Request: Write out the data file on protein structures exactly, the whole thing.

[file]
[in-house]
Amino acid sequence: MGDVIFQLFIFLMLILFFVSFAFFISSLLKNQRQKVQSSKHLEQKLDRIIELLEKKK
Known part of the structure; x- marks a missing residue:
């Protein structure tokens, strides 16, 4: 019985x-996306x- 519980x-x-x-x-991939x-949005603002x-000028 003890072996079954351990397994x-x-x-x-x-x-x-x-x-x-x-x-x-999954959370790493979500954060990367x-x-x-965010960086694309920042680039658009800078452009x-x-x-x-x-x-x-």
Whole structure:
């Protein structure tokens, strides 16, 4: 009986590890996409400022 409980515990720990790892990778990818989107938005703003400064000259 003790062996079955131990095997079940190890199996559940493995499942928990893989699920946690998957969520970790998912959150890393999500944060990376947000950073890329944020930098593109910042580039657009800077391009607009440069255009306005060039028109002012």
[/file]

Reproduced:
[in-house]
Amino acid sequence: MGDVIFQLFIFLMLILFFVSFAFFISSLLKNQRQKVQSSKHLEQKLDRIIELLEKKK
Known part of the structure; x- marks a missing residue:
């Protein structure tokens, strides 16, 4: 019985x-996306x- 519980x-x-x-x-991939x-949005603002x-000028 003890072996079954351990397994x-x-x-x-x-x-x-x-x-x-x-x-x-999954959370790493979500954060990367x-x-x-965010960086694309920042680039658009800078452009x-x-x-x-x-x-x-």
Whole structure:
């Protein structure tokens, strides 16, 4: 009986590890996409400022 409980515990720990790892990778990818989107938005703003400064000259 003790062996079955131990095997079940190890199996559940493995499942928990893989699920946690998957969520970790998912959150890393999500944060990376947000950073890329944020930098593109910042580039657009800077391009607009440069255009306005060039028109002012």